Study Compares What Employers Pay to Medicare, Finds Wide Price Disparities within States
A new study just released by the RAND Corporation shows prices Illinois employers and their employees paid for hospital care are nearly three times (281%) what Medicare would have paid for the same services, well above the national average of 247%.
The Alliance, a not-for-profit cooperative of over 275 Midwest employers purchasing health care together, said the study is notable because it is based on actual prices negotiated by employers and health plans on a regional basis, and not on retail hospital prices that almost no one pays. The Alliance is holding an event on October 1 that will feature the RAND study’s lead author and policy researcher, Christopher Whaley, who will present information about how much prices vary between state hospitals and how Illinois and Wisconsin compare to the other 47 states that were part of the research. Whaley called the study “the most-detailed picture ever of what privately insured individuals pay for hospital-based care relative to what the government pays.”
Data for the study comes from self-funded employers across the country, including employer members of The Alliance, who share an interest in identifying the hospitals that are delivering high-quality but cost-effective care.
Cheryl DeMars, President and CEO of The Alliance, said hospital care is the largest portion of overall health spending and a significant driver of rising costs for employers and employees. “Most people get their insurance coverage through their employer, so we are in a good position to use this data to drive positive change in health care. Our interest is in making health care more affordable while ensuring excellent health care for our employees and their family members.”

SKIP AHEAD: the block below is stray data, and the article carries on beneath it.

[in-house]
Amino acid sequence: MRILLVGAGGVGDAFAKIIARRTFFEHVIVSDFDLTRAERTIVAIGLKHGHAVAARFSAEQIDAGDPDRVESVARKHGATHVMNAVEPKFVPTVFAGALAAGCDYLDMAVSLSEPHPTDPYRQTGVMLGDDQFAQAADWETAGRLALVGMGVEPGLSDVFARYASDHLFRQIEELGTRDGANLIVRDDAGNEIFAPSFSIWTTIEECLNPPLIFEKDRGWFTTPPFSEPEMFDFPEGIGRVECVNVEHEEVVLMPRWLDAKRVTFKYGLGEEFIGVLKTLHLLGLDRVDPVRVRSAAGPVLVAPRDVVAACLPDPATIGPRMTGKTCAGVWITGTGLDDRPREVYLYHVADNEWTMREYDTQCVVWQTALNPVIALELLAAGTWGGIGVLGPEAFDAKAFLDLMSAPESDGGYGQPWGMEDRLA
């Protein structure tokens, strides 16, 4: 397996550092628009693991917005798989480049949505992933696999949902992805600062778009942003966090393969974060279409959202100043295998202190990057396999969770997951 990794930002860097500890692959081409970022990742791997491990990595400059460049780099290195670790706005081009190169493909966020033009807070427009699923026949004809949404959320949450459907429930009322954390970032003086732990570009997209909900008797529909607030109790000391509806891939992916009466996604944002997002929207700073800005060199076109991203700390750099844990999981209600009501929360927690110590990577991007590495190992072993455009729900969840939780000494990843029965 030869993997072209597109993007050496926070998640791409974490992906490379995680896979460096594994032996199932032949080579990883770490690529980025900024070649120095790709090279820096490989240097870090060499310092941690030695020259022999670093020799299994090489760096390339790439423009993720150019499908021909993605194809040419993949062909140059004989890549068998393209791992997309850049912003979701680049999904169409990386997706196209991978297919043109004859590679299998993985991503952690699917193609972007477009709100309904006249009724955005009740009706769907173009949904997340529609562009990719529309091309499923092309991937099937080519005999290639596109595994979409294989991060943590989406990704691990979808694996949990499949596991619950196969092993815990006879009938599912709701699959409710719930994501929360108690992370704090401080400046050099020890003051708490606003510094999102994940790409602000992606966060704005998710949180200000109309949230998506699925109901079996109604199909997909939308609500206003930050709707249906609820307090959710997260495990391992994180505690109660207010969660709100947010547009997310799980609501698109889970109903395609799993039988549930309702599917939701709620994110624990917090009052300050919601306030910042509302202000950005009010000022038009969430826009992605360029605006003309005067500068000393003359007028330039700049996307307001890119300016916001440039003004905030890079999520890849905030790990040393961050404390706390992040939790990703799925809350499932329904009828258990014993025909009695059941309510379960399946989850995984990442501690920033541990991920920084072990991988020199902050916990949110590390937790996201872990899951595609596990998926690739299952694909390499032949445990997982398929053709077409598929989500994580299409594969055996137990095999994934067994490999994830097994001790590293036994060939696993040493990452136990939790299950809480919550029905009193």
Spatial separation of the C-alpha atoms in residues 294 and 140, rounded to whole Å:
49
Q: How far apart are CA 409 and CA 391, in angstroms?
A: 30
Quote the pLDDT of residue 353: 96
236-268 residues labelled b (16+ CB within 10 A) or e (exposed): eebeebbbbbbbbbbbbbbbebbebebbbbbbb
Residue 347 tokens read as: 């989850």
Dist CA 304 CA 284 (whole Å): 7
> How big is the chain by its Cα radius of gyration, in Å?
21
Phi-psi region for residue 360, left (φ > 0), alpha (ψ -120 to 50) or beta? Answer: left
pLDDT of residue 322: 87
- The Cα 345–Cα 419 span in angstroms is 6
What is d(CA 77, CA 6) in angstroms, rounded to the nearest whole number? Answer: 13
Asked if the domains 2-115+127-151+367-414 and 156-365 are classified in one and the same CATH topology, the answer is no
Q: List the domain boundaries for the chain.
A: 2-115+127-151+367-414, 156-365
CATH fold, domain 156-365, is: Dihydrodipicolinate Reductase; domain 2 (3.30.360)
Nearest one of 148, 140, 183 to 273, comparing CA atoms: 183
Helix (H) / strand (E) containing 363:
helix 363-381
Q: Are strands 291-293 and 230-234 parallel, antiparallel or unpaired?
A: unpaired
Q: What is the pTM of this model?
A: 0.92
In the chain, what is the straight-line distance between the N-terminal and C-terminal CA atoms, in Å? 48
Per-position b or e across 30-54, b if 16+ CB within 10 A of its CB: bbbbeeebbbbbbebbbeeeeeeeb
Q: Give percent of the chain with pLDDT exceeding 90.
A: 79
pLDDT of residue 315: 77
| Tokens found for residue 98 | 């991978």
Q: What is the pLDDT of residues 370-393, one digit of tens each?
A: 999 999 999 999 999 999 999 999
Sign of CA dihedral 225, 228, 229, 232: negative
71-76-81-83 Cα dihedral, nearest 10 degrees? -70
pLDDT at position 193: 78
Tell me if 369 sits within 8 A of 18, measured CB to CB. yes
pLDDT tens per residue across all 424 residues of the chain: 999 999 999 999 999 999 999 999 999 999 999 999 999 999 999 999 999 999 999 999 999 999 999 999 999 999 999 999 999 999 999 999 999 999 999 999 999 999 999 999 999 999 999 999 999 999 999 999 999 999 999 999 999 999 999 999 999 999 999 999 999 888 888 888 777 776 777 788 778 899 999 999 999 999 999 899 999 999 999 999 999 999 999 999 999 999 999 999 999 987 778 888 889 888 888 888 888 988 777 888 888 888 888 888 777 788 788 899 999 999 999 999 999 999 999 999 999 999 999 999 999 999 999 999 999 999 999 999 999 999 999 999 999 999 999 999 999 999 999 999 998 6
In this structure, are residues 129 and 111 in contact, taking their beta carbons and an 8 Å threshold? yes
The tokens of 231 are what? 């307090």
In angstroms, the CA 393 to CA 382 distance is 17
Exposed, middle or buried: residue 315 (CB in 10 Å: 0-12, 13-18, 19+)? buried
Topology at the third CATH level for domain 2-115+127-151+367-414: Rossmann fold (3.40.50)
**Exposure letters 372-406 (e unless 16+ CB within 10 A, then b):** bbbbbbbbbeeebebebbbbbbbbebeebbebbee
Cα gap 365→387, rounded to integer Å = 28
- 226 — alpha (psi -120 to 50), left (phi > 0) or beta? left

She said transparency of hospital and other health costs is the key to finding these opportunities.
The report, “Nationwide Evaluation of Health Care Prices Paid by Private Health Plans: Findings from Round 3 of an Employer-Led Transparency Initiative Prices Paid to Hospitals by Private Health Plans,” is available at www.rand.org. A detailed list of both relative and standardized prices for each hospital facility, identified by name and Medicare Provider Number, is included in the report’s supplemental material. The supplemental material also includes the Center for Medicare & Medicaid Services (CMS) Hospital Compare star ratings for those hospital facilities.
Support for the study was provided by the Robert Wood Johnson Foundation and participating self-insured employers and was conducted in collaboration with the Employers’ Forum of Indiana. In addition to Whaley, other authors of the report are Brian Briscombe, Rose Kerber, Brenna O’Neill, and Aaron Kofner.
The Alliance’s Fall Symposium & Annual Meeting is a virtual, three-hour event on Oct. 1st, 2020. The agenda consists of the business meeting, Hospital Price Transparency presentation, 30-Years of High-Value Health Care presentation, and Health Transformation Awards.
About The Alliance
The Alliance serves as the voice for self-funded employers who want more control over their costs by providing transparent, creative approaches to network and benefit plan design. As a not-for-profit cooperative, The Alliance is employer-owned and remains a trusted, objective partner for organizations seeking improved access to high-quality healthcare and works with more than 275 employers across the Midwest, contracting with over 34,000 providers in the region. Visit the-alliance.org to learn more.
About RAND Corporation
RAND Health Care, a division of the RAND Corporation, promotes healthier societies by improving health care systems in the United States and other countries. RAND is nonprofit, nonpartisan, and committed to the public interest. Visit rand.org/health-care.html to learn more.